A hairline fracture is a tiny crack in a bone. Unlike stable fractures and compound fractures, a hairline fracture doesn’t go all the way through the bone, but that doesn’t mean it’s any less serious.
Hairline fractures are painful, and pain often gets worse over time. They can take about eight weeks to fully heal, and if you wait for the fracture to heal on its own, you could risk the bone breaking the whole way through.
Kristopher Downing, MD, & James Andry, MD are orthopedic trauma physicians at Upper Extremity Specialists, a part of Ortho 1 Medical Group. They provide comprehensive care for hairline fractures, so you can heal faster and get back to your life with less pain.
Hairline fractures are often the result of overuse. Repetitive stress on a bone can crack or bruise it over time. These injuries are also called stress fractures for this reason.
Sometimes, a traumatic impact, such as from a car accident, can cause hairline fractures, too. Osteoporosis and other bone diseases can make bones prone to breaking and increase your risk of developing hairline fractures with everyday activities.
The bones of your feet and ankles are most at risk of developing hairline fracture, particularly if you participate in high-impact sports, such as running or gymnastics. However, fractures can develop on any bone, including the bones of your hands, arms, and shoulders.
The most noticeable symptom of a hairline fracture is pain. The pain is usually worse when you’re active and better when you rest.
The longer you continue using the affected area, the worse your pain may be. Other symptoms can include visible bruising, swelling, and tenderness when you touch the area.
If you suspect you have a hairline fracture, stop your activity. Take weight off the affected area, and make an appointment with an orthopedic specialist for professional care as soon as possible.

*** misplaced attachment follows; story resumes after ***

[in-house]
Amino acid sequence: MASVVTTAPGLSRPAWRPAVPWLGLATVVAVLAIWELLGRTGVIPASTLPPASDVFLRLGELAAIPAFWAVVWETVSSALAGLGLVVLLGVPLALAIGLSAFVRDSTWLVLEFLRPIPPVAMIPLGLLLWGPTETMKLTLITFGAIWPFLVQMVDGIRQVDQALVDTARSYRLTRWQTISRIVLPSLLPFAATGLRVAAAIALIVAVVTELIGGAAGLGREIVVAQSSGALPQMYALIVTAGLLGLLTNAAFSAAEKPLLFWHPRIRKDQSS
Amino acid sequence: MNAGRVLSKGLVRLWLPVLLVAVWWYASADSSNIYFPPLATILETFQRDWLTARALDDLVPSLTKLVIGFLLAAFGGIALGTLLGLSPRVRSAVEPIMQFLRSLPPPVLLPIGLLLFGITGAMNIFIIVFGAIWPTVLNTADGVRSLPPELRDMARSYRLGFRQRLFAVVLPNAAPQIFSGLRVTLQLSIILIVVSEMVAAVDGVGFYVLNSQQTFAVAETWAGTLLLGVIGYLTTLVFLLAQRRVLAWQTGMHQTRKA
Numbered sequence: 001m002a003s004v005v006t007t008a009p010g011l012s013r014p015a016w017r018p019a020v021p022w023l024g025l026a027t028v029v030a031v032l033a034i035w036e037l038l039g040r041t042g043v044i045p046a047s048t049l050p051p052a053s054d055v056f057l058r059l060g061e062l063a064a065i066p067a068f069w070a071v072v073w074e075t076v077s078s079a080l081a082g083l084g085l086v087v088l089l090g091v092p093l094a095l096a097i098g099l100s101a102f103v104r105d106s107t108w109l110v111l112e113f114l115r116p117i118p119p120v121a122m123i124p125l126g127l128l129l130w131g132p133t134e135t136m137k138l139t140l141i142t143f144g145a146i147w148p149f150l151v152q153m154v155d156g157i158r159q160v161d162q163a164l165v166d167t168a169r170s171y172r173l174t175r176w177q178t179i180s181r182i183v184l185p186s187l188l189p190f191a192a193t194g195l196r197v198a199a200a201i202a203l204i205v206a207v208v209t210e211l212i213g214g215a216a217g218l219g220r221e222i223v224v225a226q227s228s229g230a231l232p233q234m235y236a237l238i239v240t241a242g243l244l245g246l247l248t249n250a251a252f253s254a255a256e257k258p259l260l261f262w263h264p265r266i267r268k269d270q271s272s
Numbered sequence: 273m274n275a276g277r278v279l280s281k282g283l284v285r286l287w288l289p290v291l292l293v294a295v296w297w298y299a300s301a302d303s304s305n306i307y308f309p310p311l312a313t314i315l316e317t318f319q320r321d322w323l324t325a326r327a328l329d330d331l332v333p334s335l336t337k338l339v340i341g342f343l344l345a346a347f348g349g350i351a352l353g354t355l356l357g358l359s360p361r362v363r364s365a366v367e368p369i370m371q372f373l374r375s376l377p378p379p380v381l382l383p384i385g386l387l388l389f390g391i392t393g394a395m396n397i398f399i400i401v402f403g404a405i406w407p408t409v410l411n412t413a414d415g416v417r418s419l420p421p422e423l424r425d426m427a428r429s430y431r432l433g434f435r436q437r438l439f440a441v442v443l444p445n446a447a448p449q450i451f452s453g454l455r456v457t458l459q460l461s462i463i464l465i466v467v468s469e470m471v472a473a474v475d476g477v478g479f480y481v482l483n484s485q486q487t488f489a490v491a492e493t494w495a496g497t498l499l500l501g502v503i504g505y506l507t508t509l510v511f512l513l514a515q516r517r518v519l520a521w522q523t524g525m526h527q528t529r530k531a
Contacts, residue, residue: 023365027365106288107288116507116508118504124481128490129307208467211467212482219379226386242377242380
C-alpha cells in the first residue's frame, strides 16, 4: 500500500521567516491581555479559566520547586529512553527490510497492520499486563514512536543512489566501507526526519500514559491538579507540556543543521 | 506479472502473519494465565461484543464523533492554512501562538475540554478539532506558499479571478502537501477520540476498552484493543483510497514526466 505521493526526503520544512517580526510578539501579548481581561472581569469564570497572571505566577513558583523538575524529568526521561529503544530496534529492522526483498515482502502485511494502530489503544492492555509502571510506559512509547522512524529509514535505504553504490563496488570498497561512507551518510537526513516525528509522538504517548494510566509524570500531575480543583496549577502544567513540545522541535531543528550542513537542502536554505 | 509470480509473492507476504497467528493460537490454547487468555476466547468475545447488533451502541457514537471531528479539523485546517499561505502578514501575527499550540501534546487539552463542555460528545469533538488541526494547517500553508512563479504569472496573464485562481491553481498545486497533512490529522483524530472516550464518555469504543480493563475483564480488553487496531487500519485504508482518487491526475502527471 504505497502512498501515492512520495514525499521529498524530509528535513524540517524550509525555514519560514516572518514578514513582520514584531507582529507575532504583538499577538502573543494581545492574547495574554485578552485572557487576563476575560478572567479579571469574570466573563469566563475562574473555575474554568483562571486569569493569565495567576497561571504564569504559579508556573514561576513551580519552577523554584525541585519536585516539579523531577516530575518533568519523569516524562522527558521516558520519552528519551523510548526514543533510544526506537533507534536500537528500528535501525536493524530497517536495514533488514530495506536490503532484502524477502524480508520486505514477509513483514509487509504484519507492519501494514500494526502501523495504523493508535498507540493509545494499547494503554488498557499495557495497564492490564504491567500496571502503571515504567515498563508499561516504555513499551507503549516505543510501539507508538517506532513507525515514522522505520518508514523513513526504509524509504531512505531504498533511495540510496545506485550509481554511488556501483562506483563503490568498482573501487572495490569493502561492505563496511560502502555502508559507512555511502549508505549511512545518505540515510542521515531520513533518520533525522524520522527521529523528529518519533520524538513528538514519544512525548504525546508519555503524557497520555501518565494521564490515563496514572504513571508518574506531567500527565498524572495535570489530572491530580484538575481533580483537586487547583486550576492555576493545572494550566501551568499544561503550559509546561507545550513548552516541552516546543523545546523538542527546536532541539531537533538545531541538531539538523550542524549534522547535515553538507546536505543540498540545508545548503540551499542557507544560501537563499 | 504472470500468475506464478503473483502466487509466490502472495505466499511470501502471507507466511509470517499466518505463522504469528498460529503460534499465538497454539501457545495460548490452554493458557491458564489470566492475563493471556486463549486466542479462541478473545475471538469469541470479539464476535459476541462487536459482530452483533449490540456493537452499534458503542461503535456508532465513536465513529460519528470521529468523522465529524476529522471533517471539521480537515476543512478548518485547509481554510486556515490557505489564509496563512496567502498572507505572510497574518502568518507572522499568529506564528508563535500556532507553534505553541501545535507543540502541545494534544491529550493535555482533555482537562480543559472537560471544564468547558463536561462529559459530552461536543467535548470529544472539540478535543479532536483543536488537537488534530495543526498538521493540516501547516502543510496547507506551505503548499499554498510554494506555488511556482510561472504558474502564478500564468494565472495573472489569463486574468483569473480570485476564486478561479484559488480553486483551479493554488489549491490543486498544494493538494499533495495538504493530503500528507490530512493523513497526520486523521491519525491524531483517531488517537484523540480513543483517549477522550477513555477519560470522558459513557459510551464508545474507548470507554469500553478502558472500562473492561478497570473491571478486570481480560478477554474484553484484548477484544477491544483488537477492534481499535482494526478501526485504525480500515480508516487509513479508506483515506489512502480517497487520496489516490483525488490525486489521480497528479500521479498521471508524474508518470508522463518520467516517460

Don’t try to ignore the pain or diagnose your injury on your own. Dr. Downing and our team offer advanced diagnostic services to identify the severity of your fracture and recommend the best treatment.
Minor hairline fractures can usually heal fully with at-home care. Dr. Downing may recommend rest, ice therapy, compression, and elevation to help with healing and over-the-counter nonsteroidal anti-inflammatory drugs to help relieve discomfort.
If your fracture is more severe, you might need to wear a sling or cast for a period of time. Sometimes, hairline fractures require surgery to strengthen the bone and prevent complications.
Waiting for your hairline fracture to heal on its own could prolong your pain. Get the care you need by booking an appointment online or over the phone with Upper Extremity Specialists today. We have offices in Chula Vista and La Jolla, California at Upper Extremity Specialists in Chula Vista and La Jolla, California. Call us or request an appointment online now.